Myopericytomatosis: Clinicopathologic Analysis of 11 Cases With Molecular Identification of Recurrent PDGFRB Alterations in Myopericytomatosis and Myopericytoma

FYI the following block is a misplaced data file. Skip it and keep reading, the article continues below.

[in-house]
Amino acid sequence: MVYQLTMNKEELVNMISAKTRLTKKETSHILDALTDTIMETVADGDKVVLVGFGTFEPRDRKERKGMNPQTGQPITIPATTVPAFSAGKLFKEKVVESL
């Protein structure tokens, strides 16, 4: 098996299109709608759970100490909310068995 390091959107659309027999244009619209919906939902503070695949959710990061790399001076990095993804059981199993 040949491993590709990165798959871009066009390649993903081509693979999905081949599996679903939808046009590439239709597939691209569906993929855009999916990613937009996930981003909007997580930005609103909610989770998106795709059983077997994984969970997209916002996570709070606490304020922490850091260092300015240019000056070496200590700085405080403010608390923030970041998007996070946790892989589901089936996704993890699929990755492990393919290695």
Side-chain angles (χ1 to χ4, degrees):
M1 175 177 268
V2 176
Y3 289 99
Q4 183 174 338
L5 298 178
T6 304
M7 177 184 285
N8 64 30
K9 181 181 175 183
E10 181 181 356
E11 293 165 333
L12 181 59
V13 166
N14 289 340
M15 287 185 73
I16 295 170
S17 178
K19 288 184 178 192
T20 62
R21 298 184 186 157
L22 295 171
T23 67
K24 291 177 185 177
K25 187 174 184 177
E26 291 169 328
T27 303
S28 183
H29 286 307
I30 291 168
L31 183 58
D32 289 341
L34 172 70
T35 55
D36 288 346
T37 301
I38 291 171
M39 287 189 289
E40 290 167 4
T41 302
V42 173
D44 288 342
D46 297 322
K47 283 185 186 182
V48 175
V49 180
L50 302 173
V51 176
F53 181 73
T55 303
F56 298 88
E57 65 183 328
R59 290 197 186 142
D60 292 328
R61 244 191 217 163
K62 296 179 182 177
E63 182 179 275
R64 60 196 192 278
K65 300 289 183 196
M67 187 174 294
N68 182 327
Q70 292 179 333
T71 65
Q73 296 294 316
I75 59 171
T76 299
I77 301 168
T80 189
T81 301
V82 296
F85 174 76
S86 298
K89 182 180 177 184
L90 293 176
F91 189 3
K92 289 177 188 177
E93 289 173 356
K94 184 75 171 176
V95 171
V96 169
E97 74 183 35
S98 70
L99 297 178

Myopericytoma is a benign tumor of concentrically distributed perivascular myoid cells. Its molecular basis and relationship with myofibroma/myofibromatosis and other pericytic tumors are not fully understood. In our consultation/surgical files of over 1000 myopericytic lesions, we identified 11 cases with diffuse dermal/subcutaneous involvement by microscopic myopericytomatous nodules, a phenomenon we have termed myopericytomatosis. Myopericytomatosis affected mostly adults (female:male=8:3; median age, 37 y; range, 9 to 63 y) in the lower extremities (foot/ankle, 5; calf, 3; knee, 1; thigh, 1; neck, 1) over months to 25 years, ranging from 1.5 to 11.0 (median, 6.0) cm in size. Histologically, myopericytomatosis displayed diffuse infiltration by innumerable discrete myopericytoma/myofibroma-like nodules of bland spindled-to-ovoid cells (smooth muscle actin positive), in a mainly perivascular distribution. No mitoses, atypia, or necrosis was noted. All patients were treated by surgical excision (1 patient also received adjuvant radiation), with margins focally positive in 5 of 6 known cases. Of the 6 cases with follow-up of 0.2 to 13.7 (median, 3.4) years, 1 recurred locally twice, while 5 cases showed no recurrence. Targeted next-generation DNA sequencing identified PDGFRB alterations in all cases of myopericytomatosis and conventional myopericytoma tested (5 cases each), including mutations in 4 cases of myopericytomatosis (N666K in 3; Y562-R565 deletion in 1 case) and 3 myopericytomas (Y562C, K653E, and splice acceptor deletion in 1 case each), as well as low-level PDGFRB amplification in 2 cases of myopericytomatosis and 4 myopericytomas. No BRAF, NOTCH, or GLI1 alterations were detected. In summary, myopericytomatosis is a rare, strikingly diffuse, but apparently benign variant of myopericytoma that typically involves superficial soft tissue in adults with innumerable discrete microscopic myopericytomatous nodules. The strongly activating PDGFRB mutation N666K is noted in myopericytomatosis, but not in conventional myopericytoma, suggesting that PDGFRB mutation status may account for their pathogenetic differences. As PDGFRB alterations are present in myopericytoma/myopericytomatosis and infantile myofibromatosis/myofibroma, these entities indeed lie within a histogenetic continuum. Identification of PDGFRB alterations suggests tyrosine kinase inhibition as a potential therapeutic strategy in myopericytic neoplasms if needed.